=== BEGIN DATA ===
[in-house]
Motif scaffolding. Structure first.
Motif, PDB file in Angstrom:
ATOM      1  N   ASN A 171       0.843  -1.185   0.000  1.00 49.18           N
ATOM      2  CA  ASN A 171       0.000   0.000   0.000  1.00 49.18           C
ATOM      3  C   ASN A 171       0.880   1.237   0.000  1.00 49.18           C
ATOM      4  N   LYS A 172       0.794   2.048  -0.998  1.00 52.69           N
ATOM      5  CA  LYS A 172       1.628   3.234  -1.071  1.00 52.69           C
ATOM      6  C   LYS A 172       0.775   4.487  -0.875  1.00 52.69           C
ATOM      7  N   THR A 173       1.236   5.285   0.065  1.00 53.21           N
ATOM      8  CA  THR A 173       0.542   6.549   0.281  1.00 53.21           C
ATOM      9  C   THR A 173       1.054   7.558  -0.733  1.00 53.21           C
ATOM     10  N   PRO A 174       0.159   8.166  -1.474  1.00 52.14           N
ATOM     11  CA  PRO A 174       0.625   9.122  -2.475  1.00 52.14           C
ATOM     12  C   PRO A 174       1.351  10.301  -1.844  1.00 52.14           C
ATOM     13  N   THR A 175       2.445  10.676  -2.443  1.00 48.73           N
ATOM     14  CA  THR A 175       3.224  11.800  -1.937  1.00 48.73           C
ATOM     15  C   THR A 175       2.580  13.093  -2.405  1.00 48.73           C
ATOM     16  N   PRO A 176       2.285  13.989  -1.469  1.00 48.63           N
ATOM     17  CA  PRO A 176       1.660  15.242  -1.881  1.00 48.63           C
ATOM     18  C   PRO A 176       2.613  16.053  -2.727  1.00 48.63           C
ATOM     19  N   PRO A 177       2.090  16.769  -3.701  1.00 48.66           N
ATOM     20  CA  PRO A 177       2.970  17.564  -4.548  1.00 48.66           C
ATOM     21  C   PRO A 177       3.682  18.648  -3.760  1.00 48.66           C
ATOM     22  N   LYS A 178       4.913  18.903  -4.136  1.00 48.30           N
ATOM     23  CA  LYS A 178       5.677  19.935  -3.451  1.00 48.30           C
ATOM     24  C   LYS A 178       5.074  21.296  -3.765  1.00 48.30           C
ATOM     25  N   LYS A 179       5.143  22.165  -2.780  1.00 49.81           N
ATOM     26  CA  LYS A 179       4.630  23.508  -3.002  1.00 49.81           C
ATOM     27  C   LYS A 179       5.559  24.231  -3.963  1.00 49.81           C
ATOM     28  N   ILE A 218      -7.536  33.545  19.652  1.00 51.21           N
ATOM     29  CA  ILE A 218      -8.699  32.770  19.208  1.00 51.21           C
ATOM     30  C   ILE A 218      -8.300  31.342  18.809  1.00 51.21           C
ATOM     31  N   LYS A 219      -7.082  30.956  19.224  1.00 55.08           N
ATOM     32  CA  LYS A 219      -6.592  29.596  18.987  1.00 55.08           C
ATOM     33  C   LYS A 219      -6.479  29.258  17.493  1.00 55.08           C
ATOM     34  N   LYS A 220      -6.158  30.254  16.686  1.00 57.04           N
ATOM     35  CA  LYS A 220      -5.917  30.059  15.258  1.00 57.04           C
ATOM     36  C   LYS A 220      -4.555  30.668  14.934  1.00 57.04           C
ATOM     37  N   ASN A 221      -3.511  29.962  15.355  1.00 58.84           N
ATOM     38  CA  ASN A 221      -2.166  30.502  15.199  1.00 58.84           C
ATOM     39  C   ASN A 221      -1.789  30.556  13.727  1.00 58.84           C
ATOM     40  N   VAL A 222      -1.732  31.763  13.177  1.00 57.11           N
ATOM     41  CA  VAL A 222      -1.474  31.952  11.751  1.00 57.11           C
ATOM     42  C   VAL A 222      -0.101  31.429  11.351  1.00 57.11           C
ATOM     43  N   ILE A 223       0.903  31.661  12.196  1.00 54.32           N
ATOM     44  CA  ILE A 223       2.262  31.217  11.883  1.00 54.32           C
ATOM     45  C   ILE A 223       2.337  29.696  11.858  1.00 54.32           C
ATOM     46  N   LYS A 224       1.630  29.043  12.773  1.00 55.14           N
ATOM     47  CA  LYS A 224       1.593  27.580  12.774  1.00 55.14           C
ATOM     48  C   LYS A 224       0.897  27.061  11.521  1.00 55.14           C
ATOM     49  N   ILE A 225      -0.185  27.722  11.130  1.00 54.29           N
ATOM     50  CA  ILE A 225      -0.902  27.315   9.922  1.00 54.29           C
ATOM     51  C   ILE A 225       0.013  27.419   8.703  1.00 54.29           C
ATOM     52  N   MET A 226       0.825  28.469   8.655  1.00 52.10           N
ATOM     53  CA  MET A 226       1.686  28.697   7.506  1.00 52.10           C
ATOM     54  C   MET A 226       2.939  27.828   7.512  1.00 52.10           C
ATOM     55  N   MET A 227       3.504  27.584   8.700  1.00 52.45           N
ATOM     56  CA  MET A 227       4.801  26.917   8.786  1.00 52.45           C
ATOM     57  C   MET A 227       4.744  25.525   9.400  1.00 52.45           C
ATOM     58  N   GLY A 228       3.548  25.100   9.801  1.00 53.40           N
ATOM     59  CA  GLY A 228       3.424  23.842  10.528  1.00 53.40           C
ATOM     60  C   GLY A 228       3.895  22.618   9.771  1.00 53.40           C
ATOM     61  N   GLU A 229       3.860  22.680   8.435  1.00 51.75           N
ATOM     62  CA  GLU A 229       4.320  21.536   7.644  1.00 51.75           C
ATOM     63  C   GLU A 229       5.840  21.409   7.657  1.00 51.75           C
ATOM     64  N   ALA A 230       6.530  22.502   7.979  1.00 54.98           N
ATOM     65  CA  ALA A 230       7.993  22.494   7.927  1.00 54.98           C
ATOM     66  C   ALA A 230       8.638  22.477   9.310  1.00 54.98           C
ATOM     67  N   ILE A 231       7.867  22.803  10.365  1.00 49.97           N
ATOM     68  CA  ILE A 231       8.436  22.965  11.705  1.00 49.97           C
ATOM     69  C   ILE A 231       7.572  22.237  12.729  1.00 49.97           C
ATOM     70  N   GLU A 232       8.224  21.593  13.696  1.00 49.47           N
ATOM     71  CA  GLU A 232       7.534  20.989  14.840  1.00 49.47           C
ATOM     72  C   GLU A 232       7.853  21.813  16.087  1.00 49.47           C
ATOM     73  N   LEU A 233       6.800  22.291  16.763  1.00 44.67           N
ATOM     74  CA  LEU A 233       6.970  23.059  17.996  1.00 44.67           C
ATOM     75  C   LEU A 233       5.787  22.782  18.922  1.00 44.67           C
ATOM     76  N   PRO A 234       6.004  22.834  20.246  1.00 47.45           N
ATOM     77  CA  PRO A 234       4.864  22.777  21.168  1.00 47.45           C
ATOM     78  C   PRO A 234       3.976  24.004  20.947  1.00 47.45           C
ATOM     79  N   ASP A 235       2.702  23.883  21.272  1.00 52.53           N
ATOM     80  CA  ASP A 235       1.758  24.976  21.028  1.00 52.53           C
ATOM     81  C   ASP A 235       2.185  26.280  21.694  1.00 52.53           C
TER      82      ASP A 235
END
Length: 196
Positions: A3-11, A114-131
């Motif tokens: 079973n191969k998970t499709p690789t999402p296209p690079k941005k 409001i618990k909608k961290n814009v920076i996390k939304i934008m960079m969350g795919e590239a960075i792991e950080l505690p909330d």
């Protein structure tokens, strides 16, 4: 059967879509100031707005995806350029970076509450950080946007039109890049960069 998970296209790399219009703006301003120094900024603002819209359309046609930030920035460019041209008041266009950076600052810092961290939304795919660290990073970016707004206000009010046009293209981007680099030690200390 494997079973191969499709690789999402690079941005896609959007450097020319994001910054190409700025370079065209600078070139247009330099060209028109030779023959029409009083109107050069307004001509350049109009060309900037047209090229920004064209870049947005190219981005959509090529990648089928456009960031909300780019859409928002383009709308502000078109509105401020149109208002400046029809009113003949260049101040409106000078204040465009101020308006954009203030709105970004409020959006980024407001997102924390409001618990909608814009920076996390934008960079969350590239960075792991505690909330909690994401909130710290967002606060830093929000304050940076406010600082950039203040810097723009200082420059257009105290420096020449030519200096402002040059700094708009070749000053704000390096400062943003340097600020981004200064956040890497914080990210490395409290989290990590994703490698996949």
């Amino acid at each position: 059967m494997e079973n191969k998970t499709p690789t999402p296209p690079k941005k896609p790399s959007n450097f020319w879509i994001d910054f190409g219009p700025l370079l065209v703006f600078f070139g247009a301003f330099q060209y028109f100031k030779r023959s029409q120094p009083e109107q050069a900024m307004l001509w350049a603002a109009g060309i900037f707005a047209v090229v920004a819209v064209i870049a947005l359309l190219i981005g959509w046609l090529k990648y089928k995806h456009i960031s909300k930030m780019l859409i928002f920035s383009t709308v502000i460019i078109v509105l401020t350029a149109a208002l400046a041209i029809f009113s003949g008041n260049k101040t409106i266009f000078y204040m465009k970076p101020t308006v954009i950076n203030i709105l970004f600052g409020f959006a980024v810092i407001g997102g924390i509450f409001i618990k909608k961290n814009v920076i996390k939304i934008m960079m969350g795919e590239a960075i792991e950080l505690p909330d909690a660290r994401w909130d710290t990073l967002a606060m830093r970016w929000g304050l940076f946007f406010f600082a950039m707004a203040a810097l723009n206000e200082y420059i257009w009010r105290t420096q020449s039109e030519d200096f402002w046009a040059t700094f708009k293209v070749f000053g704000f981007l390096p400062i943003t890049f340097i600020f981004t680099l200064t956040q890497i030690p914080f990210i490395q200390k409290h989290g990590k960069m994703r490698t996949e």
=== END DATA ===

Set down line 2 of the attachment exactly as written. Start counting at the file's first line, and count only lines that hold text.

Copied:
Motif scaffolding. Structure first.